Ever feel like LIFE is an ENDLESS STRUGGLE? God’s Word addresses that feeling and the DIVINE SOLUTION. Psalm 13 is David’s confession about who was flying his plane through the turbulent and stormy skies of his life—even when he felt abandoned he found that God was still there flying him through life. As we study Psalm 13, think about feelings of abandonment. As a pastor, biblical counselor, and a follower of Christ for over forty years—I am convinced that feelings of abandonment are very common even among believers. Listen to David’s opening words in Psalm 13:1-2
1 How long, O Lord? Will You forget me forever?
How long will You hide Your face from me?
2 How long shall I take counsel in my soul,
Having sorrow in my heart daily?
How long will my enemy be exalted over me?
What are some common causes of feelings of being abandoned by others and even God? Here are just a few doorways that can lead us to stand in David’s shoes over and over again through life.
• Cave times may start sometimes through a protracted illness that just seems to never end, and strength never comes, and future plans fade and so does hope.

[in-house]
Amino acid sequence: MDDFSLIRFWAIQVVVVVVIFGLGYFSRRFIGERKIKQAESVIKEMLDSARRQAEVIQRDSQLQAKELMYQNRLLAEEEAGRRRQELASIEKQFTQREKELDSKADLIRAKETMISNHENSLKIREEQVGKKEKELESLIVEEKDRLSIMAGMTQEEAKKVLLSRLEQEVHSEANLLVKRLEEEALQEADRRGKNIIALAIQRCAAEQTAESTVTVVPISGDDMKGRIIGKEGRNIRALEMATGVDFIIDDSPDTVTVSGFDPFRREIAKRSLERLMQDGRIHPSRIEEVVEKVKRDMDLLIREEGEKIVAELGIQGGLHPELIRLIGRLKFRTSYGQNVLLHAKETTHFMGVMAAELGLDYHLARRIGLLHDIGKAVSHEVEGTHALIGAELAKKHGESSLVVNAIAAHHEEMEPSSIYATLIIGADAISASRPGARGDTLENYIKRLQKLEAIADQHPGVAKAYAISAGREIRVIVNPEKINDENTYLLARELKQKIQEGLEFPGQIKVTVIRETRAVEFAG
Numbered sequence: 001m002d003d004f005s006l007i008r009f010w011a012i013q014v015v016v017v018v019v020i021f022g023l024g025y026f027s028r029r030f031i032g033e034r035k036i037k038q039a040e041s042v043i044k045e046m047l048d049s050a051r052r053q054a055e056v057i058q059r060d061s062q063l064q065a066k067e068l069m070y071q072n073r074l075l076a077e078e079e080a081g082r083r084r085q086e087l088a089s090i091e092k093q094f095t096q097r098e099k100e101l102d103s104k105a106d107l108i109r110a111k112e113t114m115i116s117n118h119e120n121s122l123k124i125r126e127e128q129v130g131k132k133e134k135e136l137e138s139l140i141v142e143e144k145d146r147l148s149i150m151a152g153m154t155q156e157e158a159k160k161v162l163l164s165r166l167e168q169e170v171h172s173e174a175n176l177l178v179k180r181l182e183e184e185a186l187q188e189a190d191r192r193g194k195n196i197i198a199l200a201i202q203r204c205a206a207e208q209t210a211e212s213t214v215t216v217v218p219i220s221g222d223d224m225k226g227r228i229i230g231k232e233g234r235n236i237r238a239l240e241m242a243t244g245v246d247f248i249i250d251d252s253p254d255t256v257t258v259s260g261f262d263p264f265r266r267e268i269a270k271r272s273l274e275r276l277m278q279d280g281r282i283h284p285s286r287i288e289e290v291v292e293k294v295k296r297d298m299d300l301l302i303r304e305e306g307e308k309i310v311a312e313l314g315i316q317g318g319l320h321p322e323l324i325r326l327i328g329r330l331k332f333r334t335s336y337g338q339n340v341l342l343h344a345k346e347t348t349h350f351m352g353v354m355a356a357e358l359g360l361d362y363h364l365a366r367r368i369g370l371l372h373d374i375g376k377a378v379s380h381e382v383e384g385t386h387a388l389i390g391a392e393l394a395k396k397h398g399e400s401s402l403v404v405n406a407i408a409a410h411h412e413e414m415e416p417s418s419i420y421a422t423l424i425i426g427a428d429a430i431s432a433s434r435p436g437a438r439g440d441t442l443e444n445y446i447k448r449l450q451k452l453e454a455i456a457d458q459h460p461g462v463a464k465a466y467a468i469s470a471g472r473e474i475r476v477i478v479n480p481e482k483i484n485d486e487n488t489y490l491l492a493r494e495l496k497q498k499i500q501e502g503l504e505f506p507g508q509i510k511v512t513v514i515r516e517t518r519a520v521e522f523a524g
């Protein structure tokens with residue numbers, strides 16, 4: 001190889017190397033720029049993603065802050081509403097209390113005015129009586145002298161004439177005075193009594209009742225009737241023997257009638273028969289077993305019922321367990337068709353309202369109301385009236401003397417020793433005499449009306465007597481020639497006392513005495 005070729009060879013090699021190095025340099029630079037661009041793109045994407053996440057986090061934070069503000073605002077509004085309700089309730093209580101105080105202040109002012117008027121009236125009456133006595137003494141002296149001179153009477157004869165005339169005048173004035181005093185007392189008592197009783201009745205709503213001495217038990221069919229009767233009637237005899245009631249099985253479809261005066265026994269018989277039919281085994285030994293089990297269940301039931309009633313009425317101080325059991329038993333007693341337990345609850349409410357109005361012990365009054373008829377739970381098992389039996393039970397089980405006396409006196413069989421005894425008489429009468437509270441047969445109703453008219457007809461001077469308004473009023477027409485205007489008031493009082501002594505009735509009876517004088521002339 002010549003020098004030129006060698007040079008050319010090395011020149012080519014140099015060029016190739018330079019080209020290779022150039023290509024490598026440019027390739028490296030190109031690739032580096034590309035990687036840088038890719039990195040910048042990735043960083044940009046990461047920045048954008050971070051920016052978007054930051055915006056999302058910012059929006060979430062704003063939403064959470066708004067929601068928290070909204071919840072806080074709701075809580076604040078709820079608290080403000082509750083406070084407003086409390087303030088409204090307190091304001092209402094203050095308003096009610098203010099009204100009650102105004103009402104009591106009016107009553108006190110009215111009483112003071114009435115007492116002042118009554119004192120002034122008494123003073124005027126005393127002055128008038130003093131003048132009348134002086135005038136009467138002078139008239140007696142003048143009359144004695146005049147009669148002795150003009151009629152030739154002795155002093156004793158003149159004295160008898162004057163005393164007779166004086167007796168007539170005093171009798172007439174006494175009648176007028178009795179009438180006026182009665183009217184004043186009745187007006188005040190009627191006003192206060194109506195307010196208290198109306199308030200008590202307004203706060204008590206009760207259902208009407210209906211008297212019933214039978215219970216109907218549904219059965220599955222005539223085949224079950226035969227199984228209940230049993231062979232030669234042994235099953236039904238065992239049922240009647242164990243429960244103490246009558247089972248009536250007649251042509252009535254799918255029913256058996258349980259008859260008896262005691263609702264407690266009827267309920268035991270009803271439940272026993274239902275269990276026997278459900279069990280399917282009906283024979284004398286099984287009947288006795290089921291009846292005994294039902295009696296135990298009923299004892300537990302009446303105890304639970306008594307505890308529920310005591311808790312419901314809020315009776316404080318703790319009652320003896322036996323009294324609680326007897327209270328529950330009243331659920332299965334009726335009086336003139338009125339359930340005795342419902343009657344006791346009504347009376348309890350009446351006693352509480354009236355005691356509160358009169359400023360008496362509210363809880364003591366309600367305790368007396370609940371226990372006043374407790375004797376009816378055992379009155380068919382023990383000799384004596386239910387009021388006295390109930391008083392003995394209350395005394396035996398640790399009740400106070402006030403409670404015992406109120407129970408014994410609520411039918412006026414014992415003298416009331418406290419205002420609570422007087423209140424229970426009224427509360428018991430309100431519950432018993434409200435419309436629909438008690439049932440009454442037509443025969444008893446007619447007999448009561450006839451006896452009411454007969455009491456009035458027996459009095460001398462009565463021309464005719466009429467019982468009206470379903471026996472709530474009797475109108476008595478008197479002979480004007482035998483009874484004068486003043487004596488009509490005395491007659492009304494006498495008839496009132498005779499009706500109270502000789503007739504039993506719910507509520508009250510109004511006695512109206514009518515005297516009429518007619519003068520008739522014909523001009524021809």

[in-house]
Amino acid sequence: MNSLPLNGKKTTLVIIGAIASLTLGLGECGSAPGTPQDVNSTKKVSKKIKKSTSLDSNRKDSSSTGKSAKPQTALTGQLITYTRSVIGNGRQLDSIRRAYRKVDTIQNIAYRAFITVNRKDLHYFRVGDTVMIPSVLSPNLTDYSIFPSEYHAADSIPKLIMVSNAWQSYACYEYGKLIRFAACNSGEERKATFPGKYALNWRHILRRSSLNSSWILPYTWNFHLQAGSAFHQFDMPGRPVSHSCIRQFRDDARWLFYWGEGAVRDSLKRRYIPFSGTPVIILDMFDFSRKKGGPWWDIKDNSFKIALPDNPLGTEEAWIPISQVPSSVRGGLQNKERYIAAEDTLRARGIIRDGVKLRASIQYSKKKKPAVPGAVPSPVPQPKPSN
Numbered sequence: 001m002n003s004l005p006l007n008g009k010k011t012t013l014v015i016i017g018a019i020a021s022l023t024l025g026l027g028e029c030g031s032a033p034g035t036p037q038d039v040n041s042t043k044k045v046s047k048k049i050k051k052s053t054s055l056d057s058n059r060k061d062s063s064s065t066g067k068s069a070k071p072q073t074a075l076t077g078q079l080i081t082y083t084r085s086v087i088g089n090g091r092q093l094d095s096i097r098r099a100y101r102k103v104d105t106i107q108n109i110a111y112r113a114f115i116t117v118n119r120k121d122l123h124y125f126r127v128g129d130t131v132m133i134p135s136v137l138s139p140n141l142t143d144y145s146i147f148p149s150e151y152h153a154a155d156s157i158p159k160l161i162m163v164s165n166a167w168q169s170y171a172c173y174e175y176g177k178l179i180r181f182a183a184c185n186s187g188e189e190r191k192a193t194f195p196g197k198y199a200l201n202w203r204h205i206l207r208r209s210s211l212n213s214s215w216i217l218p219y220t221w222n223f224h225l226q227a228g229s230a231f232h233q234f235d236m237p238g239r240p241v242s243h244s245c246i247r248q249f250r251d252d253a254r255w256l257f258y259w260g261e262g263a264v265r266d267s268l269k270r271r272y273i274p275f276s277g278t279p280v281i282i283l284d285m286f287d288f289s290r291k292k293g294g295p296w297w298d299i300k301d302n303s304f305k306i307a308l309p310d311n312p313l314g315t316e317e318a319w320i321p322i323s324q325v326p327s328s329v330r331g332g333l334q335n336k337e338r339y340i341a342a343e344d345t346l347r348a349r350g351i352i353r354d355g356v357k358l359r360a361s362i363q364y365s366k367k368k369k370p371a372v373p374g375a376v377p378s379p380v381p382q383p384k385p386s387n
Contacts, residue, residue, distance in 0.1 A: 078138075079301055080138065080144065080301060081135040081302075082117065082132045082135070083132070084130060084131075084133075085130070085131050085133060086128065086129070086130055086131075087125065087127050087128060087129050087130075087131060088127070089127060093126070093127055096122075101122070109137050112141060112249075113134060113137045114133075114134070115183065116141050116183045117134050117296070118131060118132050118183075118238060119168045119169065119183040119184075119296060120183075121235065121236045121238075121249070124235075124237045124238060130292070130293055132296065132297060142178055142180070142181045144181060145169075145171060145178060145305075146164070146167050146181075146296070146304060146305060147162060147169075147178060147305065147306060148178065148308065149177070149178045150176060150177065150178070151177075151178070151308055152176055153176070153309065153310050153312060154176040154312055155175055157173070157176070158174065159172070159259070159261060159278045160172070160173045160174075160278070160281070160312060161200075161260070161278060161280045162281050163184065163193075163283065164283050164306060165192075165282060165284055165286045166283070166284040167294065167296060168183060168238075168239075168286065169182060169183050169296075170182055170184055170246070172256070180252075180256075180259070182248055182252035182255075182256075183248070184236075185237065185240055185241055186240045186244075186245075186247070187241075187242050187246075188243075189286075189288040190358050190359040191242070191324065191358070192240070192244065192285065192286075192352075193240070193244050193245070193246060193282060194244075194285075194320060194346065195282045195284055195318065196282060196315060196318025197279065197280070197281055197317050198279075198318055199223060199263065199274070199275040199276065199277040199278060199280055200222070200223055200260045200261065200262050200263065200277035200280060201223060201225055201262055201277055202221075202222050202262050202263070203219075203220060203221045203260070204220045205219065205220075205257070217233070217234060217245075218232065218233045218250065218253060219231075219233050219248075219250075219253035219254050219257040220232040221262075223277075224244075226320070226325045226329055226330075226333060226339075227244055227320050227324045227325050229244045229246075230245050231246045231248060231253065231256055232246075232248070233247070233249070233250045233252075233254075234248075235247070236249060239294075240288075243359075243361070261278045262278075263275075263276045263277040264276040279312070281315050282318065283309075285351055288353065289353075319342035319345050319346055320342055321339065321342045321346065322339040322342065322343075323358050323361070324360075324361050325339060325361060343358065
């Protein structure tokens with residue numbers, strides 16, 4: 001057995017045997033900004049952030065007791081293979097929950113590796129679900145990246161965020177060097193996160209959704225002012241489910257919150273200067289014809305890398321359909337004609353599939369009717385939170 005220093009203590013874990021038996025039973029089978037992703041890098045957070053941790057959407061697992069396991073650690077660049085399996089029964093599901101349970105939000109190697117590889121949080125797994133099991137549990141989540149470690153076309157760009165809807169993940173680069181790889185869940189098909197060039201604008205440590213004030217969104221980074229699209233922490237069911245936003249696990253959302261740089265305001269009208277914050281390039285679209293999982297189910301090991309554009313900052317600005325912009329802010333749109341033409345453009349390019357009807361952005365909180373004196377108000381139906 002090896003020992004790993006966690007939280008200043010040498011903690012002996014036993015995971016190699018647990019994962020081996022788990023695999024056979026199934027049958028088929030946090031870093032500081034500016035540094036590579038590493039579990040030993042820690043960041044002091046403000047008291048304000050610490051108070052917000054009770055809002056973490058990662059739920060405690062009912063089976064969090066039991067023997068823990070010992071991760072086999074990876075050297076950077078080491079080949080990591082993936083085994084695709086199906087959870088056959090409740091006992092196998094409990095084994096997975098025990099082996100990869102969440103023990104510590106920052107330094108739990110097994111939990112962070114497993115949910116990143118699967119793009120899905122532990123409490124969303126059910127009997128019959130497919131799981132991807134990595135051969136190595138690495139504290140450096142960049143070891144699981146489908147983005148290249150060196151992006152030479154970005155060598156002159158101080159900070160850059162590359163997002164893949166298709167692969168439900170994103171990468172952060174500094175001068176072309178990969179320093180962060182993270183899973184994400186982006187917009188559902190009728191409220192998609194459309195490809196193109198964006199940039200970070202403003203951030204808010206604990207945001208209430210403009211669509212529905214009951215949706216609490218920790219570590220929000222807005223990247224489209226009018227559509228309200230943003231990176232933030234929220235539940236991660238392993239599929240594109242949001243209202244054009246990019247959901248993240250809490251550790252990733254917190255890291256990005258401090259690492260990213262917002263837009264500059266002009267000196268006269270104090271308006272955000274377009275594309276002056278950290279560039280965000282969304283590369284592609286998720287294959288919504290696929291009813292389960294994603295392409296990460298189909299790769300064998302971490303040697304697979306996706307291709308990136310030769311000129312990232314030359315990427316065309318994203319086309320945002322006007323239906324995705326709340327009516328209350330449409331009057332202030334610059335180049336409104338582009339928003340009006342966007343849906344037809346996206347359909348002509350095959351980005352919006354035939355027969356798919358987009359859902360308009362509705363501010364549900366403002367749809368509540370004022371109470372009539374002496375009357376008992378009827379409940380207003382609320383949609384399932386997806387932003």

• Another doorway to a cave is a sudden loss of income and job, then financial needs that become tangled, growing and seemingly hopeless.
• Other doorways to cave times can be through our marriages and families. Wayward children cause immeasurable pain to believing parents, as does an alcoholic spouse, or unsaved family members.
• Our work may open us to the dark times through a demanding and unreasonable boss, or a grueling and unending schedule, or a jealous, spiteful, and injurious co-worker.
Usually, these times make us feel that no one really cares about us, then a feeling of being abandoned by others then starts the spiral downward into thinking that God has also abandoned us.
As we examine Psalm 13 closely, David takes us through his depths. David feels abandoned—so abandoned that he cries out as if he is not going to make it.
My life feels like an endless struggle.
Davis is abandoned and dejected. Everyone has left him, he is hunted by his own family, his own people, his own fellow people of God, and is threatened by his enemies and now steps into a bleak desert region. David feels with every fiber of his humanity dejected and abandoned.
One commentator writes, “Well must David have understood what this was, when, hunted by Saul, he knew not where to betake himself, at one time seeking refuge among the Moabites, at another in the wilderness of Ziph; now an outlaw hiding himself in the cave of Adullam, and anon a captain in the service of the King of the Philistines; and amid all his projects haunted by the mournful conviction, ‘I shall now one day perish by the hand of Saul.’”
By repeating himself four times he shows how deep this feeling runs.
• What David says is, “I just can’t go on.”